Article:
In his eulogy for Victor Bussie on Friday, former Gov. Edwin W. Edwards called on the next generation to step forward to carry on the labor leader’s work defending Louisiana’s dispossessed.

Bussie, who died Sunday at the age of 92, was buried Friday at Resthaven Gardens of Memory on Jefferson Highway after funeral services at First United Methodist Church in downtown Baton Rouge.

Bussie had been president of the Louisiana AFL-CIO, the state’s largest labor organization, for 41 years from 1956 to 1997.

Throughout his career, Bussie attracted opposition for many to the programs he advocated. In 1976 Bussie unsuccessfully tried to block a right-to-work law that prohibited requiring workers to join a union or pay union dues as a condition of employment.

Edwards, Bussie’s friend for nearly half a century, said the labor leader also used his considerable power among Louisiana politicians to win a minimum wage and pension benefits for workers, civil rights for minorities and equal rights for women.

“Vic Bussie lives in the hearts and minds of every working man and woman who has a decent wage and a safe place to work; in the hearts and minds of every old person who depends on government programs to keep them alive; in the hearts and minds of every child with a disability or a sickness whose parents cannot afford to give them the medical attention that they need but who will benefit from programs” that Bussie and his wife, Fran, worked to help create, Edwards said.

Edwards recalled the story of Moses’ apprentice, Joshua, who completed the Jews’ passage to the Promised Land after the prophet died. The four-time former governor said a new champion would need to carry on Bussie’s work.

“Joshua, wherever you are, this man who has led the fight for so many years, now leaves it to you,” Edwards said, pointing to Bussie’s flag-draped coffin.

“Step up and accept the mantle because the sick, the old, the uneducated, the poor, the impoverished, those who have no voice need you now. You will never fill his shoes but you can continue with his life,” Edwards said.

Bussie attended First Methodist with his wife of 39 years, Fran. The three ministers of the church performed the funeral, the theme of which was Bussie’s service to the community.

The Rev. Susie Thomas recalled that Bussie had chosen a life guaranteed to attract criticism and opposition, which he carried with dignity. Bussie’s house in the Kenilworth subdivision was bombed in 1967 while he was trying to mediate a racial dispute.

“But society caught up with some of Vic’s more progressive standards,” Thomas said.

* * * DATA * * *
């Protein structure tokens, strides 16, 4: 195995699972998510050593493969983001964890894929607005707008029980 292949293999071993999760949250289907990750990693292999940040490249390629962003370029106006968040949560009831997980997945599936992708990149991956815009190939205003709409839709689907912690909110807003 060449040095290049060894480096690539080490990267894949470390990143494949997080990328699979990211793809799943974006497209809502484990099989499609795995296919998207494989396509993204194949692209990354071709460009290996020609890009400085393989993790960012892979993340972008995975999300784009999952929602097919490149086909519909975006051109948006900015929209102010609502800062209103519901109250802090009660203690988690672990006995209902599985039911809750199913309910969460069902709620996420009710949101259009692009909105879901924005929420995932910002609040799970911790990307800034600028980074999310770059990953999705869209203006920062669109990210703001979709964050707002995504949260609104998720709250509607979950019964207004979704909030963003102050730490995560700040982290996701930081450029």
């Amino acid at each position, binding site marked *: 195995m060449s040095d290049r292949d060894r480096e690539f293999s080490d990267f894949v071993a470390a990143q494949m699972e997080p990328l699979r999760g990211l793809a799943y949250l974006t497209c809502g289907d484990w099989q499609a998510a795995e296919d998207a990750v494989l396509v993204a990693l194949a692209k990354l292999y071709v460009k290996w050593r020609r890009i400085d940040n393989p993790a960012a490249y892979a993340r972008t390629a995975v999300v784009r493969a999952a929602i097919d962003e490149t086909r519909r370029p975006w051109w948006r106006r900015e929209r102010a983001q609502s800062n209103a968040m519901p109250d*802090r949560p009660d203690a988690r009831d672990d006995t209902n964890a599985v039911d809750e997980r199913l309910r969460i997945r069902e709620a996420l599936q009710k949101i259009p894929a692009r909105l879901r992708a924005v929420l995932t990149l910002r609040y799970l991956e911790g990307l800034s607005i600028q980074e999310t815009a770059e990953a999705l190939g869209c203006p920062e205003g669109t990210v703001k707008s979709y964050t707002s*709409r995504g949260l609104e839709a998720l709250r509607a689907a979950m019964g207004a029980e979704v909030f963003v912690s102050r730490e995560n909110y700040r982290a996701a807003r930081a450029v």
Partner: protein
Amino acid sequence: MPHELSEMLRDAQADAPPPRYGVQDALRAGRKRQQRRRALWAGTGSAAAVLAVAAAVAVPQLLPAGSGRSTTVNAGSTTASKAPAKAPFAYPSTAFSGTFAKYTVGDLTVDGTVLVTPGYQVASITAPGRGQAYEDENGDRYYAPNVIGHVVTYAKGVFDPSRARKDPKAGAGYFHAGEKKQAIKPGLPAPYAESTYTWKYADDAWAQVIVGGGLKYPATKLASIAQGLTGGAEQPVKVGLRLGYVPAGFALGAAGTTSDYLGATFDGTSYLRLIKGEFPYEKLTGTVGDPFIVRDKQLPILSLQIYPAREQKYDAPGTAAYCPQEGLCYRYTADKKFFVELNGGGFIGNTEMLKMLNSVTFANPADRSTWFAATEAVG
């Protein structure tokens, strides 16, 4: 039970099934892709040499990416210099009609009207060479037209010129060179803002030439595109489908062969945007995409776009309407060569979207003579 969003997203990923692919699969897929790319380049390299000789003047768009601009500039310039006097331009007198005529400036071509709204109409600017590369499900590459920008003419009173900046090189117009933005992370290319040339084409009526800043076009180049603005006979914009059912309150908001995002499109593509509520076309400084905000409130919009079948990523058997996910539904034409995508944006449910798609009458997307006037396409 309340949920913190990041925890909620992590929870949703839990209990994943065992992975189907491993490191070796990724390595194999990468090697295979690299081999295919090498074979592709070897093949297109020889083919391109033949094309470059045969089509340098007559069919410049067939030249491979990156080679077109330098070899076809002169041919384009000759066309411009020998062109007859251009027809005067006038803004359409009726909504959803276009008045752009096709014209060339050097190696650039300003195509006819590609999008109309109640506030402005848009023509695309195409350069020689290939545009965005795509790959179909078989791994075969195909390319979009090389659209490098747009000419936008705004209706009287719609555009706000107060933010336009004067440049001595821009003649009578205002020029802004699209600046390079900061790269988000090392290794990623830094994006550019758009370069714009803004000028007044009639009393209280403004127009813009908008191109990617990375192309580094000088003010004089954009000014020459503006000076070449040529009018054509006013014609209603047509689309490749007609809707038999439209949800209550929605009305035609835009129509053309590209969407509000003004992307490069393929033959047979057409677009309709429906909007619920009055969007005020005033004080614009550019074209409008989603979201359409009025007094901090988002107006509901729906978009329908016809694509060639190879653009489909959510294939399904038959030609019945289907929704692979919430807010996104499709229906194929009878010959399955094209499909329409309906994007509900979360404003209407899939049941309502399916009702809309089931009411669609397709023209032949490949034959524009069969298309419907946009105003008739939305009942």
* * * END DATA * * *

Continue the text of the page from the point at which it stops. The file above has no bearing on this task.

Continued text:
“Vic Bussie had hands that were absolutely incredible,” said the Rev. Brad Franklin. “He used his hands to transform the world.”

The songs were “Here I Am, Lord” and “Hymn of Promise,” two Methodist hymns written in the 1980s that speak of sacrifice and service.

The Rev. Katie McKay Simpson opened the service by noting how many dignitaries attended. In addition to Edwards, former Gov. Kathleen Blanco, Lt. Gov. Jay Dardenne, Secretary of State Tom Schedler and Attorney General Buddy Caldwell were there.

Baton Rouge Mayor Kip Holden and East Baton Rouge Parish Sheriff Sid Gautreaux attended. Louisiana Public Service Commission Chairman Jimmy Field and Commissioner Foster Campbell also were among the mourners.

An honor guard of firefighters and police officers escorted Bussie’s coffin out of the crowded sanctuary. Bussie, a native of Natchitoches Parish, began his career in 1940 as a hoseman with the Shreveport Fire Department. He become chief of the Fire Prevention Bureau in Shreveport in 1952 and was elected president of the AFL-CIO in 1956.

Bussie has served on dozens of government bodies, both federal and state, and was a longtime member of the Commission on Ethics for Public Employees. He was on the advisory board of LSU’s Pennington Biomedical Research Center, on the Governor’s Economic Development Review Committee and the Governor’s Pan American Commission.

Bussie held a host of positions on government panels, public service boards and civic organizations. He received many honors and awards, including an honorary doctor of science degree from LSU and an honorary doctor of laws degree from Nicholls State University.